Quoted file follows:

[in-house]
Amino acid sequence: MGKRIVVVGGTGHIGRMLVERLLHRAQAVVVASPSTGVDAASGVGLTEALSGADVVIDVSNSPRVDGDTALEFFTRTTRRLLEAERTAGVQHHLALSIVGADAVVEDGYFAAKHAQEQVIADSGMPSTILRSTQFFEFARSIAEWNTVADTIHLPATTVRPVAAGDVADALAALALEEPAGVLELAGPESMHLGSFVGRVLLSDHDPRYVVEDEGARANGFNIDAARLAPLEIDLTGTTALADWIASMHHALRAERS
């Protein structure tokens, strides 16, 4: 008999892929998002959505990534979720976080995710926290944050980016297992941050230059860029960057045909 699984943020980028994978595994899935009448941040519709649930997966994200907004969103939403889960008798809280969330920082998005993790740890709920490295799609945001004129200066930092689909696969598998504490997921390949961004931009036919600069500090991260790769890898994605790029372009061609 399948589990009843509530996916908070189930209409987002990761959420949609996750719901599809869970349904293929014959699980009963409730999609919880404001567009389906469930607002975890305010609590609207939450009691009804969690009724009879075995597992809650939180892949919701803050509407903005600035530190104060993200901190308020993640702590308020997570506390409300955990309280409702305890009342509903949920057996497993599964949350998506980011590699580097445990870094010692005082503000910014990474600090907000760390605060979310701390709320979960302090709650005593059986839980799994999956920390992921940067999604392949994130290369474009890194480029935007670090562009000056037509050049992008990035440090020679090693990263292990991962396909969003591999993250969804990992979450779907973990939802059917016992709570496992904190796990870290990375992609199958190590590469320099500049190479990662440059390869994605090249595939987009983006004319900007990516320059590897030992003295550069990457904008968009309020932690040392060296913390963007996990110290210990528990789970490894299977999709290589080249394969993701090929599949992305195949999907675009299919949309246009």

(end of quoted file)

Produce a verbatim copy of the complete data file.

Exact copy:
[in-house]
Amino acid sequence: MGKRIVVVGGTGHIGRMLVERLLHRAQAVVVASPSTGVDAASGVGLTEALSGADVVIDVSNSPRVDGDTALEFFTRTTRRLLEAERTAGVQHHLALSIVGADAVVEDGYFAAKHAQEQVIADSGMPSTILRSTQFFEFARSIAEWNTVADTIHLPATTVRPVAAGDVADALAALALEEPAGVLELAGPESMHLGSFVGRVLLSDHDPRYVVEDEGARANGFNIDAARLAPLEIDLTGTTALADWIASMHHALRAERS
């Protein structure tokens, strides 16, 4: 008999892929998002959505990534979720976080995710926290944050980016297992941050230059860029960057045909 699984943020980028994978595994899935009448941040519709649930997966994200907004969103939403889960008798809280969330920082998005993790740890709920490295799609945001004129200066930092689909696969598998504490997921390949961004931009036919600069500090991260790769890898994605790029372009061609 399948589990009843509530996916908070189930209409987002990761959420949609996750719901599809869970349904293929014959699980009963409730999609919880404001567009389906469930607002975890305010609590609207939450009691009804969690009724009879075995597992809650939180892949919701803050509407903005600035530190104060993200901190308020993640702590308020997570506390409300955990309280409702305890009342509903949920057996497993599964949350998506980011590699580097445990870094010692005082503000910014990474600090907000760390605060979310701390709320979960302090709650005593059986839980799994999956920390992921940067999604392949994130290369474009890194480029935007670090562009000056037509050049992008990035440090020679090693990263292990991962396909969003591999993250969804990992979450779907973990939802059917016992709570496992904190796990870290990375992609199958190590590469320099500049190479990662440059390869994605090249595939987009983006004319900007990516320059590897030992003295550069990457904008968009309020932690040392060296913390963007996990110290210990528990789970490894299977999709290589080249394969993701090929599949992305195949999907675009299919949309246009």